The ANPA condemns injustice and deplores the pernicious impact of systematic racism on the patients we serve. Since its inception over 30 years ago the ANPA and, most especially the patients served, have benefited from the diversity of its membership - the ANPA has members spanning the globe committed to the wellbeing of all communities. Our mission of improving the lives of people with neuropsychiatric disorders allows ANPA to address the societal inequities that are barriers to good health and well-being. We stand with those who express outrage overinstitutionalized racism and police brutality, and add our voice to the demand for social justice for all people, now. The ANPA is committed to caring for the mental and physical health of all people regardless of race, religion, gender or nationality.
The American Neuropsychiatric Association (ANPA) is a non-profit organization of professionals in behavioral neurology, neuropsychiatry, neuropsychology, and the clinical neurosciences. Established in 1988, ANPA has grown to over 500 members from around the world. ANPA's mission is to improve the lives of people with disorders at the interface of psychiatry and neurology.
Welcome to the American Neuropsychiatric Association’s (ANPA) website and to our community. ANPA’s vision is to be the professional home for clinicians, academicians, and researchers in neuropsychiatry, behavioral neurology, and behavioral neuroscience. Our core values include working together in a collegial and interdisciplinary fashion to provide a forum for learning, advancing knowledge of brain-behavior relations, and promoting excellent, scientific, and compassionate patient care. Annually, we produce a scientific meeting that provides high-value educational and networking opportunities to our attendees. The content of the meeting focuses on brain-behavioral relationships and connecting those concepts to patient care. The meeting provides information on the latest scientific breakthroughs in the conditions most commonly treated in neuropsychiatry/behavioral neurology, “hands-on” workshops for clinical examinations, continuing medical education (CME), and maintenance of certification (MOC) credits. In addition to the annual meeting, ANPA supports the Journal of Neuropsychiatry and Clinical Neurosciences (JNCN), our home scientific publication.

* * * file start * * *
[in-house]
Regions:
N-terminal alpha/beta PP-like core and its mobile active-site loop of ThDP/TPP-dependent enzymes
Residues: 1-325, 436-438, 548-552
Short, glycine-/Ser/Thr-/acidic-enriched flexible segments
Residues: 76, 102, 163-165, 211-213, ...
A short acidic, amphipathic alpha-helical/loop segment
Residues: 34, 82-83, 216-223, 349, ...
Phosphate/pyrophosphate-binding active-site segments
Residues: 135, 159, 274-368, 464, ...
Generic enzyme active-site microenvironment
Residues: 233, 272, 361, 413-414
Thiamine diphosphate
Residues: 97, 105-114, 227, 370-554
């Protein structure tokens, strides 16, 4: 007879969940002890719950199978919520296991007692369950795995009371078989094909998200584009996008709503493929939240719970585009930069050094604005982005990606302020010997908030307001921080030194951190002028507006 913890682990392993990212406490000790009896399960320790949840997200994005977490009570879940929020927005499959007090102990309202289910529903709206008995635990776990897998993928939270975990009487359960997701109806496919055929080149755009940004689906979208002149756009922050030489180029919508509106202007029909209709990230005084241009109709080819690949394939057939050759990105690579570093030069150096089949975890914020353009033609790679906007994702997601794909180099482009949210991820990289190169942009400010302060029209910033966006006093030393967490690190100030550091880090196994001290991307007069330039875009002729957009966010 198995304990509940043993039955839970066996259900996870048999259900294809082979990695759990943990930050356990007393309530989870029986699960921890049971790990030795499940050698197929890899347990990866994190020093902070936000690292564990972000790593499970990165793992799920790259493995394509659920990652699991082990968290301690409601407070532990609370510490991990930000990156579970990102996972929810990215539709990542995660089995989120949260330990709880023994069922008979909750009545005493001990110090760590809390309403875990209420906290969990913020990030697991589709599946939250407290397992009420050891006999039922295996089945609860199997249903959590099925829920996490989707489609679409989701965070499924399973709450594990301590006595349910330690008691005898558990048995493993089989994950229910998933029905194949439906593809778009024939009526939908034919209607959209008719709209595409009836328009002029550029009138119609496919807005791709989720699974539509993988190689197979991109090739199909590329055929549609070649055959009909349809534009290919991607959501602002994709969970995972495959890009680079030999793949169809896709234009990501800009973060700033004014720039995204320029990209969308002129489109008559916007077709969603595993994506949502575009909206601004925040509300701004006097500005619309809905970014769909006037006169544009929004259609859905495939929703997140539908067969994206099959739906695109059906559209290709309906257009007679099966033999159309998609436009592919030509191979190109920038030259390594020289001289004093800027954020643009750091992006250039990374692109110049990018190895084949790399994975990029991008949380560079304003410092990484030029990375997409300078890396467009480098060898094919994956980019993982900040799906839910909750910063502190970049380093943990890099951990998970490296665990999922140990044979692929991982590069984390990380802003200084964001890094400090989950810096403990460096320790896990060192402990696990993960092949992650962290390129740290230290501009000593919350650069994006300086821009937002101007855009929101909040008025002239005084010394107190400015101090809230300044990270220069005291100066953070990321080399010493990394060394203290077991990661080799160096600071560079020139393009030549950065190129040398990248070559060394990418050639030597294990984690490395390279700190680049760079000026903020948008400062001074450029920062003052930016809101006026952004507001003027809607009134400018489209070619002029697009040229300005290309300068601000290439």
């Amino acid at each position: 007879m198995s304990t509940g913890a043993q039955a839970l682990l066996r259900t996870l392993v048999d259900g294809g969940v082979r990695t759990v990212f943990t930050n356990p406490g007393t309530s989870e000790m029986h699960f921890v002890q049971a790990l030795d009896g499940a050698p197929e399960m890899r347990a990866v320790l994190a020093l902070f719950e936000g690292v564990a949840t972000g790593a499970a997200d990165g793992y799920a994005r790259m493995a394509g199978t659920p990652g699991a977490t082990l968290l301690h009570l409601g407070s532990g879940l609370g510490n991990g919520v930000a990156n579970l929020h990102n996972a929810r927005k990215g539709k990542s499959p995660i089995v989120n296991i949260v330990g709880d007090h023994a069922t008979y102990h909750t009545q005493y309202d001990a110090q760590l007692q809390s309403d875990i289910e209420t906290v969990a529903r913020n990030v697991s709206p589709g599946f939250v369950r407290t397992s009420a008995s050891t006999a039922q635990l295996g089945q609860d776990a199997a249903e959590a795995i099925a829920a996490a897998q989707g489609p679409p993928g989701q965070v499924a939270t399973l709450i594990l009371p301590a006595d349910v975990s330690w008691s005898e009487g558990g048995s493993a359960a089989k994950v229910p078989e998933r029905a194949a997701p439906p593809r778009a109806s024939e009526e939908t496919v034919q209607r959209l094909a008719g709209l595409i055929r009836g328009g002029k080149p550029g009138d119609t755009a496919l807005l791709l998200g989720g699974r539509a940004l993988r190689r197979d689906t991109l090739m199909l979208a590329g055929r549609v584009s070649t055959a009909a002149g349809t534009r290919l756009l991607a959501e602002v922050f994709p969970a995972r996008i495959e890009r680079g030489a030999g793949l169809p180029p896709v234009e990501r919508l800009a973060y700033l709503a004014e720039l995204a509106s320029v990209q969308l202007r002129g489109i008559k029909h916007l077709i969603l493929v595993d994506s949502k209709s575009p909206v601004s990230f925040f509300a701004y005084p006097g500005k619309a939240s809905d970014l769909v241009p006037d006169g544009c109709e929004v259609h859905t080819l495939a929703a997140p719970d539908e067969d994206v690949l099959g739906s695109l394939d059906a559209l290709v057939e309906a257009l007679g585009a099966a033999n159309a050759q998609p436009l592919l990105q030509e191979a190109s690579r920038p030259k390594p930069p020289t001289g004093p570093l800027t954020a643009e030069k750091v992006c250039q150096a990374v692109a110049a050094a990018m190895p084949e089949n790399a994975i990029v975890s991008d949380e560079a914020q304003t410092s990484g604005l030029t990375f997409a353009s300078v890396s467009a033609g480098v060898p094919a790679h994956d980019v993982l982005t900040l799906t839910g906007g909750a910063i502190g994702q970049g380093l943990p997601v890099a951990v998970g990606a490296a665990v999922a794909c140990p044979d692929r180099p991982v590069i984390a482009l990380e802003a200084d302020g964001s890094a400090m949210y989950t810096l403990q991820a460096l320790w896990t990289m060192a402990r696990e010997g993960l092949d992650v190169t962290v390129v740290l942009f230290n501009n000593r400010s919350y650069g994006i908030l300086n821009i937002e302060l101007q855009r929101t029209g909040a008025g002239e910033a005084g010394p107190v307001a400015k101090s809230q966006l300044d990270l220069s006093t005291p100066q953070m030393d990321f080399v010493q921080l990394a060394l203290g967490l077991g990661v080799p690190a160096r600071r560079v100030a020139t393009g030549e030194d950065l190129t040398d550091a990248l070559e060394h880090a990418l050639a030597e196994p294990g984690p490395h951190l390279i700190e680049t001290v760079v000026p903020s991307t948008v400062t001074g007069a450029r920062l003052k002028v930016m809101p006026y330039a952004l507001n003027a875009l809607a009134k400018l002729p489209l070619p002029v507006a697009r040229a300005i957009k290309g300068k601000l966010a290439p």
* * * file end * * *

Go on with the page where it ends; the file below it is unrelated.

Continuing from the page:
I want to invite those of you in the behavioral neurosciences, whether in clinical care, teaching, or research, to join our organization and to attend our annual meeting. For me, it has been an amazing 23+ years of having a true “professional home”. The mentorship, the forum for learning and continually improving my clinical skills, as well as the networking and professional relationships that I have received from ANPA has directly translated to better patient care and to my own personal growth as a clinician, teacher, and researcher. I am confident that those opportunities exist every day in ANPA for our all our members. In addition to the many advantages note above, members have access to educational slide sets for use in teaching their own trainees, patients, and communities, subscription to the Journal of Neuropsychiatry and Clinical Neurosciences, membership in a multitude of subspecialty interest groups, opportunities for service and leadership, mentorship for early career members, Fellowship status, and ability to network with other like-minded clinicians and scientists in one’s regional area. It is really an exciting and forward-thinking group that always welcomes new members. Even if you are unsure yet of membership, please come to our annual meeting and see what we are all about first-hand.